Kazakhstan will be hoping to make history over the next three days as they look to qualify for the Davis Cup by BNP Paribas World Group for the first time.
There has been a buzz of anticipation around the country leading into the tie with Switzerland, and the home crowd’s expectations will have risen dramatically following the news that Roger Federer won’t be taking any part in this match-up.
Stanislas Wawrinka will be carrying most of the visitors’ hopes following the world No. 3's decision to miss the encounter. However, the Swiss says he doesn’t feel under any extra pressure.
“It’s the first time in a long while Roger’s not playing the relegation round, but he’s missed ties before, so I’m used to being the number one for a number of years. I feel we have a great team, and we are all close friends, so I think this will be good for the weekend,” he said.
Wawrinka, who is fresh from a career-best quarterfinal appearance at the US Open, will certainly know what to expect against his opening singles opponent, Mikhail Kukushkin.
The world No. 20 dispatched the Kazakh easily in straight sets just two weeks ago in the first round at Flushing Meadows. However, the Swiss thinks this Davis Cup clash will be a much harder match.
“Here we will be playing indoors,” he said. “And he’s playing at home so I think it’s going to be tough for me as I’m still tired, and have a little injury, but I need to stay really focused on my game.”
Kukushkin knows Wawrinka is the favourite following their match at the US Open. With 61 places separating them in the world rankings, however, the 22-year-old says he has nothing to lose when the match gets underway.
“There has been so much expectation surrounding this match, as this is the first time my country has ever played a Davis Cup play-off tie,” said Kukushkin. “I’m sure there will be a lot of spectators over the weekend, and that they will really get behind our team.”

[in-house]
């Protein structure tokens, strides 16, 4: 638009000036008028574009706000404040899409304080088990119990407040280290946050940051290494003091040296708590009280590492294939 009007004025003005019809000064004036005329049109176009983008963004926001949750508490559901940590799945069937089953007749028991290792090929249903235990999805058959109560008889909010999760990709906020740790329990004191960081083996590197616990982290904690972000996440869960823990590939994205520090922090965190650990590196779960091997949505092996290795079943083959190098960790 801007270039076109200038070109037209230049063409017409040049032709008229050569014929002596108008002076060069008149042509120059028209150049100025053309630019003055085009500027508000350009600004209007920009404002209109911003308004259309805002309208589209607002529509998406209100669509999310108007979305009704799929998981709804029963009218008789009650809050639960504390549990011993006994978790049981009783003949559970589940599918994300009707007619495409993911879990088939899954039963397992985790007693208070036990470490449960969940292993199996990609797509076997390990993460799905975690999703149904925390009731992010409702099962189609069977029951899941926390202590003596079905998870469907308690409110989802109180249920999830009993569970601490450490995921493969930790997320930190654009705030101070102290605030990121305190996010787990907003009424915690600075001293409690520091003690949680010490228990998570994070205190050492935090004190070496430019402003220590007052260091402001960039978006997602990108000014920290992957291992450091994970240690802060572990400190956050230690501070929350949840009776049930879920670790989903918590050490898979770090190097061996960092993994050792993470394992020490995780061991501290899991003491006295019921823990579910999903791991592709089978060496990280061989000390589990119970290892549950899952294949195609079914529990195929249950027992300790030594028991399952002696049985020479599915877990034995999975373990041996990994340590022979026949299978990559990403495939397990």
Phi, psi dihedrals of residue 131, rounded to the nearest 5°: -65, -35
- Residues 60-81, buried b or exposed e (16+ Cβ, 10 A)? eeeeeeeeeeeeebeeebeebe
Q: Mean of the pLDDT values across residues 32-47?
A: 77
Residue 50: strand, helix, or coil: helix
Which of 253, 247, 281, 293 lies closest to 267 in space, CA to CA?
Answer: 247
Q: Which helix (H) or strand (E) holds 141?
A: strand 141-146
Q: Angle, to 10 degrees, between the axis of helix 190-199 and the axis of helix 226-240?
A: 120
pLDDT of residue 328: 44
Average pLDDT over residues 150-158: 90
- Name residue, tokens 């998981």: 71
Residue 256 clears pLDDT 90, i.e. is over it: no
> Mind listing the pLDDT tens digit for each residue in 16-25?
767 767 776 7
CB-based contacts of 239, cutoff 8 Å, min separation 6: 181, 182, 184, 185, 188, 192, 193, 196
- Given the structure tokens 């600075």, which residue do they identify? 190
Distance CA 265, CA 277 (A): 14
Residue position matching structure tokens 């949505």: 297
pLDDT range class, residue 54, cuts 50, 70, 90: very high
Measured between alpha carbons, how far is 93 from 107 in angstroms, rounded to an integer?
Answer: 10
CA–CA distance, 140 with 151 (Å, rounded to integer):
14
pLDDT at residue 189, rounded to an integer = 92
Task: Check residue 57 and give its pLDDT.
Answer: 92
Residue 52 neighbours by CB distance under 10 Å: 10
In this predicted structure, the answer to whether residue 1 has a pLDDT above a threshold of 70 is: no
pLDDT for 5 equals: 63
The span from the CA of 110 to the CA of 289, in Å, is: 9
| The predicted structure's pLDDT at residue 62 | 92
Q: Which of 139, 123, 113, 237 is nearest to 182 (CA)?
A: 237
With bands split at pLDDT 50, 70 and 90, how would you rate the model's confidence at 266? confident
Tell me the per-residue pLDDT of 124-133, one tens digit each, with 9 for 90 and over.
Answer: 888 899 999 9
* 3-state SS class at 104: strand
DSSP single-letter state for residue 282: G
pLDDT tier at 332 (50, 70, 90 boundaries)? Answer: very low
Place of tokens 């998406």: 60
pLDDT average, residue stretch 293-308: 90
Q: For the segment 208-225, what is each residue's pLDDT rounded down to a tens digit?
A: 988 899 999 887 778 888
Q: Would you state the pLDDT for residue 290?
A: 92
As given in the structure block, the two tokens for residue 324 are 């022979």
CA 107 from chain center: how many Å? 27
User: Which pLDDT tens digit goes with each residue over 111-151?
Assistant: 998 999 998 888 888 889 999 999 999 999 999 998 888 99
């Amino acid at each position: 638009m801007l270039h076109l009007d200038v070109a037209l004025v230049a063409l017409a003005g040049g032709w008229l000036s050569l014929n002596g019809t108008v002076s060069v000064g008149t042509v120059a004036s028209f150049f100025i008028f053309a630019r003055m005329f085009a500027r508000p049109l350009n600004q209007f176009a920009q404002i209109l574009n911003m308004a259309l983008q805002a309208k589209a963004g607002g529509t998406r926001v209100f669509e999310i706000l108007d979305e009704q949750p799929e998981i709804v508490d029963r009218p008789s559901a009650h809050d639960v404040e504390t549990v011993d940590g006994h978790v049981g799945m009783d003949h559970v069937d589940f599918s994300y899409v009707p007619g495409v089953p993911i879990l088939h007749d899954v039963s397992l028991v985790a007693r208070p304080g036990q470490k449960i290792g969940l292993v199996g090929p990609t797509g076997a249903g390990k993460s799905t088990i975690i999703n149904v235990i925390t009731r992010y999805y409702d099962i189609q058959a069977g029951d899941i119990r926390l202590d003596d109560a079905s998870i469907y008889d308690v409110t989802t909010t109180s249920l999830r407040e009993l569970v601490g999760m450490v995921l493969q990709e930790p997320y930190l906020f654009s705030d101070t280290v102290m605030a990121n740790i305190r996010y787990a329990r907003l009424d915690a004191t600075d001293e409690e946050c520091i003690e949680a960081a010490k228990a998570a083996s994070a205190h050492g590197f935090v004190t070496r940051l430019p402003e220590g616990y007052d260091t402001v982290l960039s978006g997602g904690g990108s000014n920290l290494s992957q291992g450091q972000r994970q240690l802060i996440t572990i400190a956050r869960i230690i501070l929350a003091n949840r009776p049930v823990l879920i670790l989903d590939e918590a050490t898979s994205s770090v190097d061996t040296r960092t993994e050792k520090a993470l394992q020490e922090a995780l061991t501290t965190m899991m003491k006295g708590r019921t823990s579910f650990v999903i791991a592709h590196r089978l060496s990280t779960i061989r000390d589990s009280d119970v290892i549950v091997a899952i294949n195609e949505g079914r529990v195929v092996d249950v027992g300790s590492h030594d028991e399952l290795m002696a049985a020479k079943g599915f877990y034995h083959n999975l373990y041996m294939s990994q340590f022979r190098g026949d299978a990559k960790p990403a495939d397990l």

Kazakhstan’s No. 1, Andrey Golubev, will get proceedings underway in Friday’s opening rubber, when he takes on Marco Chiudinelli. Golubev said although he’s confident coming into the match, he expected a tough encounter.
However, the 23-year-old, who only gained Kazakh citizenship in 2008, has every right to feel positive, as he has enjoyed a successful year, which has seen him rise to 39 in the world rankings, just three places shy of his career best.
“I really believe in myself after this season, following my win in Hamburg, and I’ve won other important matches. I think I can beat really good players, but there’s a really big difference between what you think, and what you do on the court,” said Golubev.
Tennis in Kazakhstan has improved dramatically over the last few years, in no small part due to the likes of Golubev and Korolev deciding to play Davis Cup for the Kazakh national side and if they can pull off a victory over Switzerland over the next few days, the profile of what is a relatively new sport in the country will be raised even further.
The full draw is listed below.
Andrey Golubev (KAZ) v Marco Chiudinelli (SUI)
Mikhail Kukushkin (KAZ) v Stanislas Wawrinka (SUI)
Evgeny Korolev / Yuriy Schukin (KAZ) v Michael Lammer / Yves Allegro (SUI)
Andrey Golubev (KAZ) v Stanislas Wawrinka (SUI)
Mikhail Kukushkin (KAZ) v Marco Chiudinelli (SUI)